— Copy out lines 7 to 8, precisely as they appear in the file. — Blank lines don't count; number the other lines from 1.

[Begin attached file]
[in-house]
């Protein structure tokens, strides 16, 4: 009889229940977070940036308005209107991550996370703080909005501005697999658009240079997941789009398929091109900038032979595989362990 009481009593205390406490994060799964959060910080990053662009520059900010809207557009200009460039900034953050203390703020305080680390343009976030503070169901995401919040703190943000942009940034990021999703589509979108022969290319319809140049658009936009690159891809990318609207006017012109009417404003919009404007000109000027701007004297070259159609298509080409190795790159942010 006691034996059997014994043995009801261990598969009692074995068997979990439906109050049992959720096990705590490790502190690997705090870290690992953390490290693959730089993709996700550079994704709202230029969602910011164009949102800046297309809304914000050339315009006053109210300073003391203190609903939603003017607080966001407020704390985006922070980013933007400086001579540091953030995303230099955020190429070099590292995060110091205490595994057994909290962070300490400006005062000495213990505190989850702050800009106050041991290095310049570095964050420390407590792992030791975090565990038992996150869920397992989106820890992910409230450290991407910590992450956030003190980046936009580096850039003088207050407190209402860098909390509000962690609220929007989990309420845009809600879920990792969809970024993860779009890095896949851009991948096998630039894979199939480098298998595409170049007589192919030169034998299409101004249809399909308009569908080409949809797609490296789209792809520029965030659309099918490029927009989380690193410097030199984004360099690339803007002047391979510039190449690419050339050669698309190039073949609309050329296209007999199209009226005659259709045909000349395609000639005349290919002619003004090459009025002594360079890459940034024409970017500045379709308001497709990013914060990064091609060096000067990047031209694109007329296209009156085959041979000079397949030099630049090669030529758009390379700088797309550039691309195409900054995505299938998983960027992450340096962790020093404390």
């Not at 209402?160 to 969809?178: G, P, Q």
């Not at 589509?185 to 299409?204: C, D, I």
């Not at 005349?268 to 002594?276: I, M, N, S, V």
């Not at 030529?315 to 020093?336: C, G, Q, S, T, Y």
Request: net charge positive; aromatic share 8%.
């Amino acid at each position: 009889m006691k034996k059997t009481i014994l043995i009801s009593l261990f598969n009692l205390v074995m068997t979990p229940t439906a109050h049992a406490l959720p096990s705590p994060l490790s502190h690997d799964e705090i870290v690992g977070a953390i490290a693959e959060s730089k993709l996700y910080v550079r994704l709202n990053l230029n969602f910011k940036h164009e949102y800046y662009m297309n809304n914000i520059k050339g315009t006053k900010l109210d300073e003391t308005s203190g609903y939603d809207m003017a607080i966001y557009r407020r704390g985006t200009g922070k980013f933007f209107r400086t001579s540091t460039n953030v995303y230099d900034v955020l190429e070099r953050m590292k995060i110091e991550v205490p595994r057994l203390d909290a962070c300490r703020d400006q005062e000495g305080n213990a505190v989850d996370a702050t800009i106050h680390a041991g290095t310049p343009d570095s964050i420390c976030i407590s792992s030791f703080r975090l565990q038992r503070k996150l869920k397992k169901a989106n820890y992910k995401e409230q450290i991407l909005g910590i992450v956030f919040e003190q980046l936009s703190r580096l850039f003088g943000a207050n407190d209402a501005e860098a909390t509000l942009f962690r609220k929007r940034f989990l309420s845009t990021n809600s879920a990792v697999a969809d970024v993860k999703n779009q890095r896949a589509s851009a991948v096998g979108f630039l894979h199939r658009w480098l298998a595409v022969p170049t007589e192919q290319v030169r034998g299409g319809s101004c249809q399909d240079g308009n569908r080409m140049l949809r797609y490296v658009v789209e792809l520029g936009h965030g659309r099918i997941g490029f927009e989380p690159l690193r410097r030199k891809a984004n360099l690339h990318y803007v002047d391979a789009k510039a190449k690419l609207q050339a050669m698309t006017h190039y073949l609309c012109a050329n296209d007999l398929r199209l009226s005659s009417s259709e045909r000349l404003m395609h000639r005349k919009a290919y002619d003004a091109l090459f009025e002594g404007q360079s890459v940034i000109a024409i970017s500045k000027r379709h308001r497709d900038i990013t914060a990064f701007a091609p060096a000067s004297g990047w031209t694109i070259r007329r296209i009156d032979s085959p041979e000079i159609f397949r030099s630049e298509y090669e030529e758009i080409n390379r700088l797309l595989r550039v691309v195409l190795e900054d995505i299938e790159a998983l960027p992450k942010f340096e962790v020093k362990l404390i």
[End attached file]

Request: net charge positive; aromatic share 8%.
């Amino acid at each position: 009889m006691k034996k059997t009481i014994l043995i009801s009593l261990f598969n009692l205390v074995m068997t979990p229940t439906a109050h049992a406490l959720p096990s705590p994060l490790s502190h690997d799964e705090i870290v690992g977070a953390i490290a693959e959060s730089k993709l996700y910080v550079r994704l709202n990053l230029n969602f910011k940036h164009e949102y800046y662009m297309n809304n914000i520059k050339g315009t006053k900010l109210d300073e003391t308005s203190g609903y939603d809207m003017a607080i966001y557009r407020r704390g985006t200009g922070k980013f933007f209107r400086t001579s540091t460039n953030v995303y230099d900034v955020l190429e070099r953050m590292k995060i110091e991550v205490p595994r057994l203390d909290a962070c300490r703020d400006q005062e000495g305080n213990a505190v989850d996370a702050t800009i106050h680390a041991g290095t310049p343009d570095s964050i420390c976030i407590s792992s030791f703080r975090l565990q038992r503070k996150l869920k397992k169901a989106n820890y992910k995401e409230q450290i991407l909005g910590i992450v956030f919040e003190q980046l936009s703190r580096l850039f003088g943000a207050n407190d209402a501005e860098a909390t509000l942009f962690r609220k929007r940034f989990l309420s845009t990021n809600s879920a990792v697999a969809d970024v993860k999703n779009q890095r896949a589509s851009a991948v096998g979108f630039l894979h199939r658009w480098l298998a595409v022969p170049t007589e192919q290319v030169r034998g299409g319809s101004c249809q399909d240079g308009n569908r080409m140049l949809r797609y490296v658009v789209e792809l520029g936009h965030g659309r099918i997941g490029f927009e989380p690159l690193r410097r030199k891809a984004n360099l690339h990318y803007v002047d391979a789009k510039a190449k690419l609207q050339a050669m698309t006017h190039y073949l609309c012109a050329n296209d007999l398929r199209l009226s005659s009417s259709e045909r000349l404003m395609h000639r005349k919009a290919y002619d003004a091109l090459f009025e002594g404007q360079s890459v940034i000109a024409i970017s500045k000027r379709h308001r497709d900038i990013t914060a990064f701007a091609p060096a000067s004297g990047w031209t694109i070259r007329r296209i009156d032979s085959p041979e000079i159609f397949r030099s630049e298509y090669e030529e758009i080409n390379r700088l797309l595989r550039v691309v195409l190795e900054d995505i299938e790159a998983l960027p992450k942010f340096e962790v020093k362990l404390i």